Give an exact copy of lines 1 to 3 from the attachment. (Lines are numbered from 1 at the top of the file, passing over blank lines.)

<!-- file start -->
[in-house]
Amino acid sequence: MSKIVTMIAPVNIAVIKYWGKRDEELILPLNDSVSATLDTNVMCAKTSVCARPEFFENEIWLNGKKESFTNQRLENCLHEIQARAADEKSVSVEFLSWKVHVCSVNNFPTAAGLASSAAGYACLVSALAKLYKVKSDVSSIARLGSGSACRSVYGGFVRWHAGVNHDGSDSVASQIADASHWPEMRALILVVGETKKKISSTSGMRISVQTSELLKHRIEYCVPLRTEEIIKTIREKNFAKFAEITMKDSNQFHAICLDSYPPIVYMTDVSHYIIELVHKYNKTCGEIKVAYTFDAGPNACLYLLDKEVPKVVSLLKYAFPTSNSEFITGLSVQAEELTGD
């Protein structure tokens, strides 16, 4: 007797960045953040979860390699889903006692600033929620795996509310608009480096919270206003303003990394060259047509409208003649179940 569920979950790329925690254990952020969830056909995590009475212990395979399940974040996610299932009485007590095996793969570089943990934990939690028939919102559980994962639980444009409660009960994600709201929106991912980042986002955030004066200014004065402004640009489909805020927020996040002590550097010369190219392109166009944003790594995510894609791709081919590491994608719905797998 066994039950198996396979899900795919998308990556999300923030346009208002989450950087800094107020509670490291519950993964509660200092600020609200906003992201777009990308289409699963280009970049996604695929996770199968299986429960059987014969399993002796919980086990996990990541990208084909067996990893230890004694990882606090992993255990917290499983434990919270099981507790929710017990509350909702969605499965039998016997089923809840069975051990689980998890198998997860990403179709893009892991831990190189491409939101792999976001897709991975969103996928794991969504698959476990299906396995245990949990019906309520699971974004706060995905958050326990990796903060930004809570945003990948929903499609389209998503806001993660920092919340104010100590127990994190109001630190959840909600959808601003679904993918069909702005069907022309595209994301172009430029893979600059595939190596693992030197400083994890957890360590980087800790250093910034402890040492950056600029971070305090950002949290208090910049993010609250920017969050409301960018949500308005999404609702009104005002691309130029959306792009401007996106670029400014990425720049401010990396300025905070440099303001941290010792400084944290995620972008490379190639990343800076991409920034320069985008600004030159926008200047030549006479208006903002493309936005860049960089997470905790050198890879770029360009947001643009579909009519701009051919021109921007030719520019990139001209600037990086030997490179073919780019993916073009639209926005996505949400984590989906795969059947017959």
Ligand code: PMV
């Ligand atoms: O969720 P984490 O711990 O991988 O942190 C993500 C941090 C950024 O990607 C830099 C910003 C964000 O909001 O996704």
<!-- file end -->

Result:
[in-house]
Amino acid sequence: MSKIVTMIAPVNIAVIKYWGKRDEELILPLNDSVSATLDTNVMCAKTSVCARPEFFENEIWLNGKKESFTNQRLENCLHEIQARAADEKSVSVEFLSWKVHVCSVNNFPTAAGLASSAAGYACLVSALAKLYKVKSDVSSIARLGSGSACRSVYGGFVRWHAGVNHDGSDSVASQIADASHWPEMRALILVVGETKKKISSTSGMRISVQTSELLKHRIEYCVPLRTEEIIKTIREKNFAKFAEITMKDSNQFHAICLDSYPPIVYMTDVSHYIIELVHKYNKTCGEIKVAYTFDAGPNACLYLLDKEVPKVVSLLKYAFPTSNSEFITGLSVQAEELTGD
């Protein structure tokens, strides 16, 4: 007797960045953040979860390699889903006692600033929620795996509310608009480096919270206003303003990394060259047509409208003649179940 569920979950790329925690254990952020969830056909995590009475212990395979399940974040996610299932009485007590095996793969570089943990934990939690028939919102559980994962639980444009409660009960994600709201929106991912980042986002955030004066200014004065402004640009489909805020927020996040002590550097010369190219392109166009944003790594995510894609791709081919590491994608719905797998 066994039950198996396979899900795919998308990556999300923030346009208002989450950087800094107020509670490291519950993964509660200092600020609200906003992201777009990308289409699963280009970049996604695929996770199968299986429960059987014969399993002796919980086990996990990541990208084909067996990893230890004694990882606090992993255990917290499983434990919270099981507790929710017990509350909702969605499965039998016997089923809840069975051990689980998890198998997860990403179709893009892991831990190189491409939101792999976001897709991975969103996928794991969504698959476990299906396995245990949990019906309520699971974004706060995905958050326990990796903060930004809570945003990948929903499609389209998503806001993660920092919340104010100590127990994190109001630190959840909600959808601003679904993918069909702005069907022309595209994301172009430029893979600059595939190596693992030197400083994890957890360590980087800790250093910034402890040492950056600029971070305090950002949290208090910049993010609250920017969050409301960018949500308005999404609702009104005002691309130029959306792009401007996106670029400014990425720049401010990396300025905070440099303001941290010792400084944290995620972008490379190639990343800076991409920034320069985008600004030159926008200047030549006479208006903002493309936005860049960089997470905790050198890879770029360009947001643009579909009519701009051919021109921007030719520019990139001209600037990086030997490179073919780019993916073009639209926005996505949400984590989906795969059947017959």